Library Gala a hit

Gibbs Library and Sweetgrass Winery teamed up for a winning combination for last week’s Biblio-Fete at the winery. It was a delightful evening with beautiful weather, gorgeous sunset views, and delicious nibbles and noshes like (prosciutto wrapped stuffed dates), beautifully presented.

Of course, there were wines and cocktails including a Lime Rickey concocted by Keith and Constance especially for this occasion and inspired by “The Great Gatsby.” Perfect party backdrop music was provided by the jazz ensemble Phil Clement and Lincoln Blake. A silent auction with artwork, books and more added to the fun.

Library President Sarah Masters welcomed everyone. Outgoing Gibbs Librarian, Julie Madden, was showered with accolades for her years of service to Gibbs Library and presented with a gift.

Everyone at Gibbs Library is most grateful to Sweetgrass Winery owners and hosts Constance and Keith Bodine for such a pleasant and worthwhile fundraiser for our library. We add many thanks to all the planners and bakers and kitchen magic makers. Especially, we are grateful to all the people who came out to support Gibbs Library and take part in another outstanding event.

We’re hoping this was the first of what will be an Annual Event!

Eighth Annual Variety Show

Evening Star Grange is presenting its Eighth Annual Variety Show this Friday, Sept. 17 at 7 p.m.

The show is in the upstairs Auditorium, which is fully equipped with a chair lift, complete with an attendant for help.

This is a free evening of entertainment with lots of good music, fun and comedy. Tirdy Mary will be there, too, with her special brand of humor. Mildred confided that some naughty Grangers might sneak into the spotlight, also. Rusty Hinges will be our feature band. There will be light refreshments after the show downstairs.

The show is free, but if you are able, make a donation to the Grange for this and all their good works. Don’t forget the Grange auditorium has a chairlift.

Try not miss this one!

“Curbside to Go” turkey supper   

Mt. Olivet Masonic Lodge is offering a public “Curbside to Go” roast turkey supper this Saturday, Sept. 18, from 5 to 6:30 p.m.

Menu includes roast turkey, stuffing, mashed potatoes w/gravy, vegetable, roll and dessert. The cost is $10 a meal. To minimize contact, payment by check is preferred with check payable to Mount Olivet Lodge. There will be no service in the dining room at this event. Mt. Olivet Lodge is 1/4 mile north of Washington Village on Route 220.

How the Public Utilities Commission works

I sure don’t “get” what the Maine Public Utilities Commission does or why, or who they even are. So, I plan to smarten myself up a bit by tuning in to Maine Conservations Voters’ webinar Friday, Sept. 24, at noon.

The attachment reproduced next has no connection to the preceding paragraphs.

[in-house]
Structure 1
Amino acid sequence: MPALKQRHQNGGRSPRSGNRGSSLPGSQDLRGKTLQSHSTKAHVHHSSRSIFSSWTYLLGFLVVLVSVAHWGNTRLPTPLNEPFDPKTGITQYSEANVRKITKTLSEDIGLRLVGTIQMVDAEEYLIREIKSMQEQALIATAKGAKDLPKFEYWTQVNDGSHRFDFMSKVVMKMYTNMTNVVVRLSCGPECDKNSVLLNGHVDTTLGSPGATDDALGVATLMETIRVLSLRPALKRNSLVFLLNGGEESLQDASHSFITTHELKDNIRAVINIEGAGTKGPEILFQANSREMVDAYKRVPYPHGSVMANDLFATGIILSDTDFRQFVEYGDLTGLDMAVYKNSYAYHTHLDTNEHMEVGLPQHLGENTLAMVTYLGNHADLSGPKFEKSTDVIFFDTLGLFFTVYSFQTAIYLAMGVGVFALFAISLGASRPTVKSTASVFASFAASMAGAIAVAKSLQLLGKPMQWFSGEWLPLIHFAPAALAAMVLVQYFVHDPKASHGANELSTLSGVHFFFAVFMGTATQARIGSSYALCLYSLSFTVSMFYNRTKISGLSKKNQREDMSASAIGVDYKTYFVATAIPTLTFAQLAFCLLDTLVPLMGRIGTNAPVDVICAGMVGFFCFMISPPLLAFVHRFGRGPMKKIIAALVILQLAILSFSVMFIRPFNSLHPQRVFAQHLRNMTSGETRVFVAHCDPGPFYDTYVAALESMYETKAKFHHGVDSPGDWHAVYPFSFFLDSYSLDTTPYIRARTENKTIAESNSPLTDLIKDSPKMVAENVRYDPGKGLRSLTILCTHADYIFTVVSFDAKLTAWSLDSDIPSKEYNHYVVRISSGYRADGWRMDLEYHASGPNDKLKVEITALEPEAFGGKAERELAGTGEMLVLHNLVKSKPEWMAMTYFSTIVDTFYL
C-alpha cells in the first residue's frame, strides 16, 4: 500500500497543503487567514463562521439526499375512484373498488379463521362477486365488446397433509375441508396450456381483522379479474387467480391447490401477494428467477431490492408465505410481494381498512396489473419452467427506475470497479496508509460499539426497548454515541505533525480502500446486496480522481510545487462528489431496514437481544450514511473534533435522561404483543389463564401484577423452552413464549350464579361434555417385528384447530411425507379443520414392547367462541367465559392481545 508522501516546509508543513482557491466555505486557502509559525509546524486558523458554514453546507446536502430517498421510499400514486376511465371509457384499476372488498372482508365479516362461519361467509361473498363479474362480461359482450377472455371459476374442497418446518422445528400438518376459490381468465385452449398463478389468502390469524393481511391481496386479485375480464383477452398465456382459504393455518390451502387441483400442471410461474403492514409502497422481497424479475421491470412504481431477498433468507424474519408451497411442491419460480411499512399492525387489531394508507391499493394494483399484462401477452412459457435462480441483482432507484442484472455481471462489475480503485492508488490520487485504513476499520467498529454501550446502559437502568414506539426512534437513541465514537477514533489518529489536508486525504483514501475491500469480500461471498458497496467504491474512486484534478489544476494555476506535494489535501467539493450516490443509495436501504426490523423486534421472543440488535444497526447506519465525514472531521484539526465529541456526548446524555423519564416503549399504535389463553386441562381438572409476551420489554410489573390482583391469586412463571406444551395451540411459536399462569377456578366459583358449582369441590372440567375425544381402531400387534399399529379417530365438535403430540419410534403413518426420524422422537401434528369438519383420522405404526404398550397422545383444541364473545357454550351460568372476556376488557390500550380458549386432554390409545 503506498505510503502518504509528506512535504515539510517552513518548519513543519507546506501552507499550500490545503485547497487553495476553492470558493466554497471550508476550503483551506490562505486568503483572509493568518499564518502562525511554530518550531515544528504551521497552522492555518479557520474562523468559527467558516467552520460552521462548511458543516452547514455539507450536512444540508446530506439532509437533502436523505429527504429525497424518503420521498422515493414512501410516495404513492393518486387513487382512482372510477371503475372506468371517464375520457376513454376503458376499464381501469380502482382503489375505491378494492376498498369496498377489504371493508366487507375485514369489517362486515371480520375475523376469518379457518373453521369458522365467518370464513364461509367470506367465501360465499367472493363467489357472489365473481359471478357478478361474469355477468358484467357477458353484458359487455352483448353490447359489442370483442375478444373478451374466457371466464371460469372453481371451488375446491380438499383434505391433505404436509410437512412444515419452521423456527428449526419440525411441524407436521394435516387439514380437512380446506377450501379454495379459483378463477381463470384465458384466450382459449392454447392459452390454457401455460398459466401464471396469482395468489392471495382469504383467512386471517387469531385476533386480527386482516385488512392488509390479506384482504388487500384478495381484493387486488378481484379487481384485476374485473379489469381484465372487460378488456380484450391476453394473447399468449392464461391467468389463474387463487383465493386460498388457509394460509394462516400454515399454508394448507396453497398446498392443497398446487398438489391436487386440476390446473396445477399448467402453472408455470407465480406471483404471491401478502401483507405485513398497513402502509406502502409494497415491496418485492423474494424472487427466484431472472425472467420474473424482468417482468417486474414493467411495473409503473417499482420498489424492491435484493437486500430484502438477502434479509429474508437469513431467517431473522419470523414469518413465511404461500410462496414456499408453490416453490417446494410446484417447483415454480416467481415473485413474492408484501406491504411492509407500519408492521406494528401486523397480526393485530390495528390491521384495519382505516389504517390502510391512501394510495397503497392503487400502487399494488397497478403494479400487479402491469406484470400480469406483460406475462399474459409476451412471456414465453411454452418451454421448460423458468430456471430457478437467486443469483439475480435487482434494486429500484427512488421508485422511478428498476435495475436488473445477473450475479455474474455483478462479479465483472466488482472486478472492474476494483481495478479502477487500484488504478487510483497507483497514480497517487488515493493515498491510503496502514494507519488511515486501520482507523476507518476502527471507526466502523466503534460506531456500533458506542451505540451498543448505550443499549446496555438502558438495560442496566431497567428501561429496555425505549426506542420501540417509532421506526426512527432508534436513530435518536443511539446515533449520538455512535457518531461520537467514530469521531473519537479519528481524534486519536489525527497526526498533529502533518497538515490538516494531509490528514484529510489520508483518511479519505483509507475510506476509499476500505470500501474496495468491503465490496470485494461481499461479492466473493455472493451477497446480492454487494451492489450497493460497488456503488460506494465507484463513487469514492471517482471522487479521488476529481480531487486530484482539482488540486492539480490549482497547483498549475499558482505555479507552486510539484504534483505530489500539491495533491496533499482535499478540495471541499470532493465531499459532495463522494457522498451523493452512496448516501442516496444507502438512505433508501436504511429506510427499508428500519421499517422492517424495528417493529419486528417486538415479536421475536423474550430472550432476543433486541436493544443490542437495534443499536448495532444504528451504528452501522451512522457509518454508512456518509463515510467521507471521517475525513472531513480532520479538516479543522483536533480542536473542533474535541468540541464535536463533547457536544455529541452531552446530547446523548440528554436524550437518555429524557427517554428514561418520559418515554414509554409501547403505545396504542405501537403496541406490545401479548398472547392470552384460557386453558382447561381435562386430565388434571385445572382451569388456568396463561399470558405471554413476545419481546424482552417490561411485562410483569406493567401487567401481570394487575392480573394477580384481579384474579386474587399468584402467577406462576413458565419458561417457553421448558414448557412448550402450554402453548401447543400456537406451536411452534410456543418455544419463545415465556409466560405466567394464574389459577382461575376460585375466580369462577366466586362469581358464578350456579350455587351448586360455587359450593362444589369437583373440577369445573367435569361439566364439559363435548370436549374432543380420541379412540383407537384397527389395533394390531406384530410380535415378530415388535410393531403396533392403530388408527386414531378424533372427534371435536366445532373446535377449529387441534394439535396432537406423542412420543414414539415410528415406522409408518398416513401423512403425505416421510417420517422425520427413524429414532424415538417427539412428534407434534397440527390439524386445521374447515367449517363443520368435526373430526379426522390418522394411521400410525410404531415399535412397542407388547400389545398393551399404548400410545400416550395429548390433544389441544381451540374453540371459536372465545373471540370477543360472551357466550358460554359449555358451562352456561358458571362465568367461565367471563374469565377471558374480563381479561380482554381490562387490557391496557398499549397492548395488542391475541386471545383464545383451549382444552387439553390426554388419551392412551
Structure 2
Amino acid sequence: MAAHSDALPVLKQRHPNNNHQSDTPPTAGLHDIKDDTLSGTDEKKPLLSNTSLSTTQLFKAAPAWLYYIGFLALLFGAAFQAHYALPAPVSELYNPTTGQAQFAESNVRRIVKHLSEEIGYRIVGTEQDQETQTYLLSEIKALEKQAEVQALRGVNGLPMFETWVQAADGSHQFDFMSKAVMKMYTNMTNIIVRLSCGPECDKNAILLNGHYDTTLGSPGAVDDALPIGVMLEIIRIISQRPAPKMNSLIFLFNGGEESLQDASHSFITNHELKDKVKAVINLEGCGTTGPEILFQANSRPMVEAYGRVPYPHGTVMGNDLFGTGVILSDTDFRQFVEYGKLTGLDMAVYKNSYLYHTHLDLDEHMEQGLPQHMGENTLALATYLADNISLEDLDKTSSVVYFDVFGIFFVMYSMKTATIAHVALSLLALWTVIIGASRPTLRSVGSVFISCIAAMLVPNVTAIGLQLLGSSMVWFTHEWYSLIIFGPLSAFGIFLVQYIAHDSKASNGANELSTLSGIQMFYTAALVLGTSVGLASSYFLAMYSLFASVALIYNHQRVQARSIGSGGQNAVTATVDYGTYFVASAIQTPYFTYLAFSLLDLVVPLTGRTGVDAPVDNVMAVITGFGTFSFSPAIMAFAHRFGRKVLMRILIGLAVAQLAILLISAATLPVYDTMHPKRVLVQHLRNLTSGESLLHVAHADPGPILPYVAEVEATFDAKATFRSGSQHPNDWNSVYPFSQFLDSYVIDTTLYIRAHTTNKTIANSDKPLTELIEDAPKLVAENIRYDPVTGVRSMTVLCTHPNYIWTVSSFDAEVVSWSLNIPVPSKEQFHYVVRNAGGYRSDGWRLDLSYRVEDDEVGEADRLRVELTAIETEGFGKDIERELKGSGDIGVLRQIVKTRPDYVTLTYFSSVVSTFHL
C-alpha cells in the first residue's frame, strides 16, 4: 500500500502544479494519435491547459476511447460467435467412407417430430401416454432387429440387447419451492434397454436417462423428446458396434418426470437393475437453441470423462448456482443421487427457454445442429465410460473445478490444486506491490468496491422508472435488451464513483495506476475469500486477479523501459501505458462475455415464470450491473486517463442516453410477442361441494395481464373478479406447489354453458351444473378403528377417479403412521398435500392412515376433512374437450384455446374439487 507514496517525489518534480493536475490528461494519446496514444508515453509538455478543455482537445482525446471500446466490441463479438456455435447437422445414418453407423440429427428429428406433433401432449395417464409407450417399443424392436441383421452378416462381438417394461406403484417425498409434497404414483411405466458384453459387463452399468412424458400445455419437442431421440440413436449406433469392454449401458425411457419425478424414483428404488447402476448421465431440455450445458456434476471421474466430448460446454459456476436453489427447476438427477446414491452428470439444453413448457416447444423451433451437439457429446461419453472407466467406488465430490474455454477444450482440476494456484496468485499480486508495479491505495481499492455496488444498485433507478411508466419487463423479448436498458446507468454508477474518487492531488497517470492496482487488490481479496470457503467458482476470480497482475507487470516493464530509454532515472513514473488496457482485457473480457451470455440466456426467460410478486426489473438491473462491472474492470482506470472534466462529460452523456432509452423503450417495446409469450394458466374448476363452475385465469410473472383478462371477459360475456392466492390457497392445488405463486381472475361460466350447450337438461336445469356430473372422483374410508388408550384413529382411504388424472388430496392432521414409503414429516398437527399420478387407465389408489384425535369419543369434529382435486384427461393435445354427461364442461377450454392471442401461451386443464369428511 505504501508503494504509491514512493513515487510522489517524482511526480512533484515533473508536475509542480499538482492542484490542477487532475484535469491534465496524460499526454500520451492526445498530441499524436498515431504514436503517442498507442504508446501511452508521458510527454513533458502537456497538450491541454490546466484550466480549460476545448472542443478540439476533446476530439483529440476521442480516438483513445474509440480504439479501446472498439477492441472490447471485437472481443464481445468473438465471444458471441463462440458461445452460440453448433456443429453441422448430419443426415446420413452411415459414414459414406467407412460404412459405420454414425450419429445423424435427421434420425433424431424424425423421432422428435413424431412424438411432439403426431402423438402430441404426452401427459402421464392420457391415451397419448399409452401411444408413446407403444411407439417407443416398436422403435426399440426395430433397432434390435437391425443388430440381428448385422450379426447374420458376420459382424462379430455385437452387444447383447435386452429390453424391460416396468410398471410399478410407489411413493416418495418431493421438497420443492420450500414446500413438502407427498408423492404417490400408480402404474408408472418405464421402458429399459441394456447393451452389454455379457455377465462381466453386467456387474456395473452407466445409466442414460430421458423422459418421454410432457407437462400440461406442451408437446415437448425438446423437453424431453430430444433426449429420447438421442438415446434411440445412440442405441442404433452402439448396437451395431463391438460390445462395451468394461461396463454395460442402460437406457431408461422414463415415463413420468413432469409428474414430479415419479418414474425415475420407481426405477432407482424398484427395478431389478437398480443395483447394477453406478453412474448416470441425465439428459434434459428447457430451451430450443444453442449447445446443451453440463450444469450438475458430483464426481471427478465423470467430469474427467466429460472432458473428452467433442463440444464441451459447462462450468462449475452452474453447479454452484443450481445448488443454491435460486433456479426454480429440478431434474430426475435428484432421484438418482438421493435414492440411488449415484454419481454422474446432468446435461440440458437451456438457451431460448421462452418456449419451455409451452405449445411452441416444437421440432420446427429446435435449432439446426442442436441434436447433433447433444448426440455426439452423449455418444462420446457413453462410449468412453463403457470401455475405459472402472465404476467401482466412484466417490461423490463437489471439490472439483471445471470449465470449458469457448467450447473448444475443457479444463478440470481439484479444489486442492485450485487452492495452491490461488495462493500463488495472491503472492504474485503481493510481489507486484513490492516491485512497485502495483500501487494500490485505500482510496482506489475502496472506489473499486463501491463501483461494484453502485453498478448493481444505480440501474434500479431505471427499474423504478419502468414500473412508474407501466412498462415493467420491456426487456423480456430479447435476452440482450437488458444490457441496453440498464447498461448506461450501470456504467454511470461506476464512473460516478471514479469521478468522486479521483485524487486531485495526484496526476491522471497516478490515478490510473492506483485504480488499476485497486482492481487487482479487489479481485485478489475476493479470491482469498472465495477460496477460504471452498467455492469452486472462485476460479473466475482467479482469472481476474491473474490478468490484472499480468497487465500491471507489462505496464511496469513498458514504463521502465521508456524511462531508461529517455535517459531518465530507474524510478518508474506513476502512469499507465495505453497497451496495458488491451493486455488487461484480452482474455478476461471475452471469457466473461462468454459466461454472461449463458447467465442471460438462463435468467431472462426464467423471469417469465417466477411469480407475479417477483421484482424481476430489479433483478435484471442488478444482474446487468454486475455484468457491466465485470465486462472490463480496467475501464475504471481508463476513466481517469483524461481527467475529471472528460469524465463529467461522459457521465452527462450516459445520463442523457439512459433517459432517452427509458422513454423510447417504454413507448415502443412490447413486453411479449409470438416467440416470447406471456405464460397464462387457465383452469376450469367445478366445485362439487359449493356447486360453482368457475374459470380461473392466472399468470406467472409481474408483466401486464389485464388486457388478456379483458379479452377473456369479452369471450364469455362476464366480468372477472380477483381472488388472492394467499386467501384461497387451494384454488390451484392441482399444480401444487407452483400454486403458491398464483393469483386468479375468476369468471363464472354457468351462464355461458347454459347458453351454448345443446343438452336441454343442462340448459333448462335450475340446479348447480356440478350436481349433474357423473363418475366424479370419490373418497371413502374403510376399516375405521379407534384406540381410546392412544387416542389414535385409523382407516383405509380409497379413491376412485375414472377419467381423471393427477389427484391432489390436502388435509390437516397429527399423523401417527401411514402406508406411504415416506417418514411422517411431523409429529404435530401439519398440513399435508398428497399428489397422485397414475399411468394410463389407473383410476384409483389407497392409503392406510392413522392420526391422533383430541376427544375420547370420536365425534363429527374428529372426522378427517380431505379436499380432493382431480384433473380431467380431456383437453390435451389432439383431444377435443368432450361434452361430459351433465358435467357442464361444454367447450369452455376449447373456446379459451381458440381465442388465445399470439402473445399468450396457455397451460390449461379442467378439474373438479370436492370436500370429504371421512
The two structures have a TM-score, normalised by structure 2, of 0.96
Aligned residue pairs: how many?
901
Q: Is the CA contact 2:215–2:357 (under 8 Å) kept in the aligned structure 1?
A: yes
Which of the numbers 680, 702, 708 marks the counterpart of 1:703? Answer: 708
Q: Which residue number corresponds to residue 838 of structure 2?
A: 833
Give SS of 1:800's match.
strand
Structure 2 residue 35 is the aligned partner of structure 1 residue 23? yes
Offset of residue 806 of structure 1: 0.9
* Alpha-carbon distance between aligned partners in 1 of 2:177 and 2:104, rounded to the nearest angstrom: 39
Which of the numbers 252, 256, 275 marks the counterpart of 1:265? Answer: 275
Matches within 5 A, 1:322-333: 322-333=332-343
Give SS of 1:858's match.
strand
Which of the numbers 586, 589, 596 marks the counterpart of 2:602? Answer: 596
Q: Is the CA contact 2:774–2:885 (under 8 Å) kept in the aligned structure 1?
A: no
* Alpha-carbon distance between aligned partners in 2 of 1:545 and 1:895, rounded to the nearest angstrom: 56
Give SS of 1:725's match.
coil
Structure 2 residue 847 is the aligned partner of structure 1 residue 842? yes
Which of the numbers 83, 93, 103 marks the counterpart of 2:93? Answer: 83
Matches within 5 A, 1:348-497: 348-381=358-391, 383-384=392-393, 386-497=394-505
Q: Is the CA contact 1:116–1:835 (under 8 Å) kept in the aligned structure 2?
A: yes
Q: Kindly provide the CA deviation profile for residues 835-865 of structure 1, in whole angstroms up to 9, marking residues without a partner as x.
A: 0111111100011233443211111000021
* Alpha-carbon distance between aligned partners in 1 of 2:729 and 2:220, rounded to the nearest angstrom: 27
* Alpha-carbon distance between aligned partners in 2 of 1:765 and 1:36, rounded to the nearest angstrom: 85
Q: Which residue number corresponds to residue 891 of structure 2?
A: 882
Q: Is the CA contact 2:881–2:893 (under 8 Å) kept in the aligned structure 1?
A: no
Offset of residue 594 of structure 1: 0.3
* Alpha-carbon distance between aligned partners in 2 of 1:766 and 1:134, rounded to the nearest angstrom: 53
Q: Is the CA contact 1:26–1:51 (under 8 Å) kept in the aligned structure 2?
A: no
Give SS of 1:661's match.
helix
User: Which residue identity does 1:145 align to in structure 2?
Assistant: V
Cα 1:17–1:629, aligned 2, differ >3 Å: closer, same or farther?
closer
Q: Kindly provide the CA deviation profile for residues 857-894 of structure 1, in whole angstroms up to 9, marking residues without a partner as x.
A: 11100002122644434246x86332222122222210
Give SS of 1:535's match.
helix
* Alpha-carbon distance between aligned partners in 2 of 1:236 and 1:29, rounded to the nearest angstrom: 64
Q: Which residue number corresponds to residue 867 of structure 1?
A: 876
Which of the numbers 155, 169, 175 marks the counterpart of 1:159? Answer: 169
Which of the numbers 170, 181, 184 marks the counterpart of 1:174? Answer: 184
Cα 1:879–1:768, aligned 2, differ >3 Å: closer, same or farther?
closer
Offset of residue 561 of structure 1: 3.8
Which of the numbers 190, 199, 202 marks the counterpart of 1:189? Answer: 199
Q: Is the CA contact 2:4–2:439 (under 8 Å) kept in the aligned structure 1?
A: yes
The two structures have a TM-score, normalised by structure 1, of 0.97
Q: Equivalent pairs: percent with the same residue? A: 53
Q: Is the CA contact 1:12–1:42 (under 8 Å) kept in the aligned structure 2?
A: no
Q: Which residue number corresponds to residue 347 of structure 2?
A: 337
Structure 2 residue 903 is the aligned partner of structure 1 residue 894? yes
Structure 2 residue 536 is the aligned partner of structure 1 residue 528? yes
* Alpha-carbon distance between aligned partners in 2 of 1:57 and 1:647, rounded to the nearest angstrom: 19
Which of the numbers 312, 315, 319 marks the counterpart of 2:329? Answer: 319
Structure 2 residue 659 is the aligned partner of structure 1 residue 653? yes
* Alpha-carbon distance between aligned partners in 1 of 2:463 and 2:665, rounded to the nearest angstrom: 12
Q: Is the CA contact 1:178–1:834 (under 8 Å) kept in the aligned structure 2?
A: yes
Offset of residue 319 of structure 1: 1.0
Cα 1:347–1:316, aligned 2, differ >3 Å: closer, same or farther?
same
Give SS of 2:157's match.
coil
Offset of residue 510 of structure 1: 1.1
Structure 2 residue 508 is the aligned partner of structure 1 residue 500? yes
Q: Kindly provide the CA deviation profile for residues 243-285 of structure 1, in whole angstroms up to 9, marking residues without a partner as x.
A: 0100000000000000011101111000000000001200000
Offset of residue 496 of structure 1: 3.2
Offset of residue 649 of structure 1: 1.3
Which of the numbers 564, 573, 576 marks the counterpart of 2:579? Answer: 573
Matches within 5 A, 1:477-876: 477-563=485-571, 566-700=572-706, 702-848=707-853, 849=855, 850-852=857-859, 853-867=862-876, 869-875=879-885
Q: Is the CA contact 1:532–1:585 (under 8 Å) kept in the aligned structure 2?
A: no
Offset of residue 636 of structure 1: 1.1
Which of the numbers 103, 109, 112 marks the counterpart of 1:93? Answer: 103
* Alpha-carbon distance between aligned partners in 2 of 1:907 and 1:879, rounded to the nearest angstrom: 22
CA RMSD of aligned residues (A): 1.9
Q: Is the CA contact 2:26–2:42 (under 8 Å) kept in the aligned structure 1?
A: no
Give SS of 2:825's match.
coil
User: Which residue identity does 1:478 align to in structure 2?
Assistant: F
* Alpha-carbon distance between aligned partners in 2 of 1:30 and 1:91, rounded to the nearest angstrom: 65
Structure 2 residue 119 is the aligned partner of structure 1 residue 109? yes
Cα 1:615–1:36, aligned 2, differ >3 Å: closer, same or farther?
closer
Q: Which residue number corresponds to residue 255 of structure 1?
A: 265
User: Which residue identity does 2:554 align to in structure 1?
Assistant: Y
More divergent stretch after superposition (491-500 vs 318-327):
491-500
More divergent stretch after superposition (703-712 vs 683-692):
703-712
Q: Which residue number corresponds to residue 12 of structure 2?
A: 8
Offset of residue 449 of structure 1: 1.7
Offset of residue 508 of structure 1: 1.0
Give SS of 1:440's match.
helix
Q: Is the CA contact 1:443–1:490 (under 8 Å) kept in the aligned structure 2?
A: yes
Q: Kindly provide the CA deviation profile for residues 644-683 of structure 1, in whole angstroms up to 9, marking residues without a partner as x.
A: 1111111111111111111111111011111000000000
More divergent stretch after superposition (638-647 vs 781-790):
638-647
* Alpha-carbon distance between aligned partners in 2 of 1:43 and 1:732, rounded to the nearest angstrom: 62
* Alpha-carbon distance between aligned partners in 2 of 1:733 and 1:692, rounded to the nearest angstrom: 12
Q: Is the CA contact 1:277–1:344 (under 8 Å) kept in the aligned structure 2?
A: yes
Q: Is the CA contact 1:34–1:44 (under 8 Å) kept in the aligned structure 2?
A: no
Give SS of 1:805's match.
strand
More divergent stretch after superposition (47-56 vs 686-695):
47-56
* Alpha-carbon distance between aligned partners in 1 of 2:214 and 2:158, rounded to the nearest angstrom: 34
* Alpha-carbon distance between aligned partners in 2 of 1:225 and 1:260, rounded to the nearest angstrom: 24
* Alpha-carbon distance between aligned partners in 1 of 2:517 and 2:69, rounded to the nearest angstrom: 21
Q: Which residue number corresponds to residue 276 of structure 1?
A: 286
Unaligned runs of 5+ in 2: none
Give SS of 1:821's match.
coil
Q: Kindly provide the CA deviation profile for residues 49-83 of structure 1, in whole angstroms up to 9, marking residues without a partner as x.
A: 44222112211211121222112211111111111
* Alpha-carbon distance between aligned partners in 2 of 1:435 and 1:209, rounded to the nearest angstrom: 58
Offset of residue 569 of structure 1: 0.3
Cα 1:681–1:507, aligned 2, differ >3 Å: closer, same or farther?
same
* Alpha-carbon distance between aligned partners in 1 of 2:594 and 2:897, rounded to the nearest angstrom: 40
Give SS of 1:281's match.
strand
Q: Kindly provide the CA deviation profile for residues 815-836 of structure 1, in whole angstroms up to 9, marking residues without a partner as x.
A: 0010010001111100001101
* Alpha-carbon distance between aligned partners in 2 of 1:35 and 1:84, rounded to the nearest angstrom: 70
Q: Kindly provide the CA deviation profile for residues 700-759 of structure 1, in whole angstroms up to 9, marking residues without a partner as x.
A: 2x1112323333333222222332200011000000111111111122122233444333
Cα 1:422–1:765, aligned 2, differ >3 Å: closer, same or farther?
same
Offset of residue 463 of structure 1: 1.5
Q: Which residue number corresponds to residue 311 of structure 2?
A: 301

This is a one-hour webinar – one of their Lunch & Learn series – that’s free and always timely. The Sept. 24 session is: Understanding Maine’s Public Utilities Commission.

For myself, I want to know more about these commissioners because they have such a big say-so in decisions about our state’s energy future – issues like transitioning to renewable energy or modernizing the grid. If you want to check it out, go to and select the Online Events tab and sign up.

Let’s be the savvy-est little town in Maine regarding how these people operate.

Pumpkin Vine Family Farm

The Roopchand Family at Pumpkin Vine Family Farm Sunday market has been providing beautiful surroundings and wholesome, delicious foods at their family farm throughout the summer.

As fall enfolds us, apple vendors joined the others with amazing and diverse fruits lovingly curated by John Bunker and Cammy Watts of Super Chilly Farm. They grow varieties our grandparents enjoyed with unique flavors and uses. They are not beauty contest winners, but their flavors will enlighten you to their worth.

There are other tree fruits, veggies, baked goods, cheeses, meats and more from 11 a.m. to 3 p.m. each Sunday on Hewett Road, just over the line in Somerville. Fair weather goat hikes are available, too.

Chinese mystery snails ongoing update

Regrettably, Chinese mystery snails established a foothold in Washington Pond. These creatures are a serious threat, because they multiply very aggressively and are extremely difficult to destroy.

Best practices confirm that collecting and killing them is the only way to get rid of them. As this point, they seem to be confined to Washington Pond and volunteers collected a lot of them. It is very important not to transport even one of them to any other location.

Leave them where you find them or collect them and kill them. That’s it. No other options.

Ask for more information at or call 845-2661.